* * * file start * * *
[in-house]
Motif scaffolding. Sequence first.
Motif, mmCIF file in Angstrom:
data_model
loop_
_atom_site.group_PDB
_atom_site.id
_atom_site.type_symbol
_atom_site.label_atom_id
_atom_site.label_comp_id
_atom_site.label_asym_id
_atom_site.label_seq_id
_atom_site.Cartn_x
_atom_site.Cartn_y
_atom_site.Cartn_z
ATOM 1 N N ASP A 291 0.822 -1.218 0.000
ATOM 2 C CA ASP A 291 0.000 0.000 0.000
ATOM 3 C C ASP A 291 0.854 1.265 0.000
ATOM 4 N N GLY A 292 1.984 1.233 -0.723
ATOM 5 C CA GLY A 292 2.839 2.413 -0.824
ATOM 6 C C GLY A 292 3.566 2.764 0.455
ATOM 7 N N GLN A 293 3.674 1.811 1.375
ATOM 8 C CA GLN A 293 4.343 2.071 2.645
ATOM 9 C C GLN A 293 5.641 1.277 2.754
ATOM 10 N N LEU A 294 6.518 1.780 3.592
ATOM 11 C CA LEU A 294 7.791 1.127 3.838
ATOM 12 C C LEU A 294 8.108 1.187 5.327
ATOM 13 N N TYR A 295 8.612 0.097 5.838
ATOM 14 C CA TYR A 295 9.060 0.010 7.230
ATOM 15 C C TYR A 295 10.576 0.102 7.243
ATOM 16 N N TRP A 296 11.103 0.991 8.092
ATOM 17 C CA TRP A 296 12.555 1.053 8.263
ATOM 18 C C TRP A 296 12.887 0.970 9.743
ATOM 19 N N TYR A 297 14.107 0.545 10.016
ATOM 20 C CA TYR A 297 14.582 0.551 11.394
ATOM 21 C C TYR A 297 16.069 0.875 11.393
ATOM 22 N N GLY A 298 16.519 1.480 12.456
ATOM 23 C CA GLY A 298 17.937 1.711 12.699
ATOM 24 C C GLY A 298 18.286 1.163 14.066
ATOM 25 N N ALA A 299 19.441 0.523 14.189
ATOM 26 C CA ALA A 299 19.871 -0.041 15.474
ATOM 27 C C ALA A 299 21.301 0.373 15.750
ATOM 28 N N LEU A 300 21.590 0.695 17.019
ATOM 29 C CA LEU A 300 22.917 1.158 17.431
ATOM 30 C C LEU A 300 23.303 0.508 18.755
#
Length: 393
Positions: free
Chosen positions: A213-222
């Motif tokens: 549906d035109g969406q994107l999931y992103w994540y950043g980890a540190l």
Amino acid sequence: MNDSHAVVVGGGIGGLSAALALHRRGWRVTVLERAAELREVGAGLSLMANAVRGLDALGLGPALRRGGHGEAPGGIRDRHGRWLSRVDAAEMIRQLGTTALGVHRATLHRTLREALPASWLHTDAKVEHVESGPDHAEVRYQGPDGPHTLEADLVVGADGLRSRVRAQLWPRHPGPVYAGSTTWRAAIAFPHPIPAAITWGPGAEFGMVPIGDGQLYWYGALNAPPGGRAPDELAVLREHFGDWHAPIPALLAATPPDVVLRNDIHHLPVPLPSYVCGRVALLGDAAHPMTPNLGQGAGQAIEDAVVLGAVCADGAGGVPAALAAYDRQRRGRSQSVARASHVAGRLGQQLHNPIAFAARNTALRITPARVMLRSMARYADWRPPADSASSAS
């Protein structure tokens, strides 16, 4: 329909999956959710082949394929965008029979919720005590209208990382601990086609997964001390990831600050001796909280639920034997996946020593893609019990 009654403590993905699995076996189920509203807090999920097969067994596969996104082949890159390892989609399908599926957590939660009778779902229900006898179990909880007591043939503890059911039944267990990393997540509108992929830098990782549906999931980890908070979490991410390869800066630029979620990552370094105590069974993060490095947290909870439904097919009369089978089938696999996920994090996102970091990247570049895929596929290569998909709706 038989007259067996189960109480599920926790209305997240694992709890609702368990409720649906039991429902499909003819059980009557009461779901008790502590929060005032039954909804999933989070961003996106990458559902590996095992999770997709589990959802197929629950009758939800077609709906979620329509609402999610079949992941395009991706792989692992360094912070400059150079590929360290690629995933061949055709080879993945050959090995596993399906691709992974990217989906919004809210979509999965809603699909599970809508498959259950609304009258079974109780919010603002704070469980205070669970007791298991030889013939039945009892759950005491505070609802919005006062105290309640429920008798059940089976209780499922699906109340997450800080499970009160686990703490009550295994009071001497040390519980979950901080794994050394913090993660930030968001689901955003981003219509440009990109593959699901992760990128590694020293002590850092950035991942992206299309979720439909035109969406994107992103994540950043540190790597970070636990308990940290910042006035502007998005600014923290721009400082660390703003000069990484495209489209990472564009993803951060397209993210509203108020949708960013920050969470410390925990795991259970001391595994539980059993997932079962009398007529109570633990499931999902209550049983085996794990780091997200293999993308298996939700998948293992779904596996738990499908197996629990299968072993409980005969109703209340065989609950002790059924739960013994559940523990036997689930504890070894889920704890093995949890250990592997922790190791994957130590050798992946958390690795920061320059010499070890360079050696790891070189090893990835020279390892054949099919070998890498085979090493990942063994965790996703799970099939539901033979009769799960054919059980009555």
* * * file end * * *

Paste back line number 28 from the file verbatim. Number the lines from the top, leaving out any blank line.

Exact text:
ATOM 13 N N TYR A 295 8.612 0.097 5.838